UK is 'lazy man of Europe' when it comes to organics

By Mark Kinver
Science and environment reporter, BBC News

  • Published
Organic carrots being picked in a field (Image: PA)
Image caption,
UK sales of organic produce fell in 2009 after years of sustained growth

The UK government is not doing enough to support and promote organic food and farming, a report says.

The Soil Association said sales continued to grow in other European nations during the recession, while UK sales fell by 13.6% in 2009.

A government spokeswoman said there was scope for UK organic producers to grow if they became more competitive.

The findings were published at the launch of the Association's annual conference in Manchester.

Peter Melchett, policy director for the Soil Association - which operates the UK's largest organic accreditation scheme - described the fall in sales, after years of continuous growth, as "really frustrating".

"All of the other major European markets continued to grow, so this country's farmers are losing a good business opportunity thanks to a sort of Neanderthal attitude," he told BBC News.

"The government really haven't been anything like as supportive in the UK as other governments have been in other European countries."

He added that consumers in other EU nations had "better access to good information about the relative merits of different farming systems and food".

The report, The Lazy Man of Europe, said that once consumers had accurate information about organic farming and food, they increased their purchases of such goods.

"Governments have a big part to play in providing that sort of information," suggested Mr Melchett.

The report recommended a number of actions for the government to take, including:

  • welcoming the organic market as an important growth area for the nation's economy,
  • introduction of a cross-departmental food strategy that recognises the role of organic farming,
  • re-establishment of a dedicated research budget to address problems faced by the organic sector, and
  • matching industry funding to promote organic food and farming.

Mr Melchett added that the UK was more "ideologically opposed" to the nature-based farming system, adding that government agencies and scientific and farming bodies were also not supportive.

'Urgent' concern

Helen Browning used her first address as director of the Soil Association to call for a closer partnership with other "conventional" farming systems.

"There is more to gain by finding common ground than by lobbing rocks from each others' hill-tops," she told delegates.

"We must continue to hear and reflect on diverse views and perspectives, with the aim to distil a collective understanding that can guide our work."

Speaking to the Food and the Big Society conference via a recorded video message, Environment Secretary Caroline Spelman said that future food shortages were causing concern among the public.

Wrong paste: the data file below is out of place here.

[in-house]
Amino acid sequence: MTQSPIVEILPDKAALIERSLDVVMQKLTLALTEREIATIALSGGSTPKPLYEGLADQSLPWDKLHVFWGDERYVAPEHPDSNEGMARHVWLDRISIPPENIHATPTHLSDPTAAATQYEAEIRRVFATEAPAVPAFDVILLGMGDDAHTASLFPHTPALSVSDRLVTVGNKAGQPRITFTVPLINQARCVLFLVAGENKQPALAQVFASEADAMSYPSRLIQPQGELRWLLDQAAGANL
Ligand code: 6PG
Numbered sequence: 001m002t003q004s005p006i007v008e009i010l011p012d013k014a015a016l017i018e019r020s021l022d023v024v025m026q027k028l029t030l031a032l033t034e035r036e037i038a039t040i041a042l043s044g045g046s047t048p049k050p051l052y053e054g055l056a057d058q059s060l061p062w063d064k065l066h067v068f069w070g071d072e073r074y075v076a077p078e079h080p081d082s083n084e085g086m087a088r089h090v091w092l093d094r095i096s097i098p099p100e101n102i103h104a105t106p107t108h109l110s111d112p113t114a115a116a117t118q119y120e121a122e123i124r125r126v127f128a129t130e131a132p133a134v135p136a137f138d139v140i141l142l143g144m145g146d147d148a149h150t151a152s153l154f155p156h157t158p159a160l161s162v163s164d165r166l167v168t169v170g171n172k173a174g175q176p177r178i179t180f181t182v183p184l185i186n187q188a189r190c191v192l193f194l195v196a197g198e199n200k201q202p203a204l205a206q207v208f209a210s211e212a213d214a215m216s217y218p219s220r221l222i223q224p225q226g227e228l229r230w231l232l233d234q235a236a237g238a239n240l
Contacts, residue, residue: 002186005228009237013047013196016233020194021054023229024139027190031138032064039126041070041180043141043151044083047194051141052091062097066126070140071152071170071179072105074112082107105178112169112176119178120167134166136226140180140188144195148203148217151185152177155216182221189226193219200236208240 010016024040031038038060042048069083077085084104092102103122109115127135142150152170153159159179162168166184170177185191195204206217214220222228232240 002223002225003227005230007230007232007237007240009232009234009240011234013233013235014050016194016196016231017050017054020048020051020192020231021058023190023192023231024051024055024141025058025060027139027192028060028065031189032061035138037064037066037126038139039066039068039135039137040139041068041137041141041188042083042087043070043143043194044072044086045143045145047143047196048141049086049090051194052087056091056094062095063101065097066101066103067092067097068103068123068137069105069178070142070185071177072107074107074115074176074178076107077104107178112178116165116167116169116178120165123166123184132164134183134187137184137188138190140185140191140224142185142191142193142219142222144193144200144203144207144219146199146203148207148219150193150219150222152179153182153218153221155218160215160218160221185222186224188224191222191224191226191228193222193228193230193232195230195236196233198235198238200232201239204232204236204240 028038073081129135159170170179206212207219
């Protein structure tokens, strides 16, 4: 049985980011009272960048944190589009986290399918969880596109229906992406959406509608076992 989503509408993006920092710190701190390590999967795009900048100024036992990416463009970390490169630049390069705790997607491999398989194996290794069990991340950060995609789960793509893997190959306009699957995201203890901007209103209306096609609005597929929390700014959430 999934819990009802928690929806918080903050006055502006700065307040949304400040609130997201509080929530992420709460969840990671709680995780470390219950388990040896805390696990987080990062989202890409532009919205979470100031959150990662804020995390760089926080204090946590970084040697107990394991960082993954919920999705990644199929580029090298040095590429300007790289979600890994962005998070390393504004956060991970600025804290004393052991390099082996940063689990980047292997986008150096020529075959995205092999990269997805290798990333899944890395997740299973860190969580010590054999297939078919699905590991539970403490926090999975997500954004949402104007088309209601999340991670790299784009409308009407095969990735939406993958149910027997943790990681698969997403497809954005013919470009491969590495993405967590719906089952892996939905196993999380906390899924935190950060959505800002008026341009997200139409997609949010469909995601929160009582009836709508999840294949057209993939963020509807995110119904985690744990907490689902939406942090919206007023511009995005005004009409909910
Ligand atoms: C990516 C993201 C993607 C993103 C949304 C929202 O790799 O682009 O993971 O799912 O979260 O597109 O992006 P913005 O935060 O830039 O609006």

Referring to a recently published Foresight report that said urgent action was needed in order to avert global hunger, Ms Spelman added that it made a "strong case for this being the most urgent question facing this generation".

"Across the world, farmers need to grow more food, using less water, less fossil fuel and less land whilst at the same time adapting to climate change," she said.

Image caption,
Organic produce accounts for about 2% of the UK's total food sales

"Although the Foresight report concluded that organic agriculture is not the cure-all for the global food system, it has a significant part to play in sustainable food production."

Another speaker, Professor Urs Niggli, director of the Swiss Research Institute for Organic Agriculture, said he was disappointed that Ms Spelman did not use her speech to set out the government's goals for organic farming.

"In many other European countries, I see that there is a lot of ambition on how organic farming should develop," he explained.

"For example, in Austria, they have already reached 20% of their land area in organic farming.

"[They see] organic farming as crucial for rural development, biodiversity and also for combating climate change.

"If you look at Switzerland, it is already at 11% [organic] and it is pushing hard towards 20% as well.

"This is because we see organic farming in Alpine zones as being the solution for many many of the problems."

The Alpine regions within Switzerland are important areas for tourism, biodiversity and water supplies.

Consumer demand

National Farmers' Union president Peter Kendall said he looked forward to organic and conventional farmers working more closely together, but warned it would be "dangerous" for the government to set fixed targets.

"I warn you from years of experience, governments meddling by saying what you should be doing with your businesses is not the way forward," he said.

"Get consumers to want to buy."

Referring to the recommendations outlined in the Association's report, he added: "You want the market to take you. You do not want the [government] to do it, because it is extra resources drawn from your business.

"Do not say that the government should have targets... it should be supply and demand."

Responding to the Soil Association's report, a Defra spokeswoman said: "Organic farming is one of the pioneering approaches to sustainable production and remains influential, but it's not the only one and it would not be right to increase taxpayer support for one particular sector.

"Many consumers make some purchases of organic produce," she added.

"It commands a premium price, but it represents less than 2% of the market. The opportunity is there for organic suppliers to build their market share by being competitive and customer-focused."

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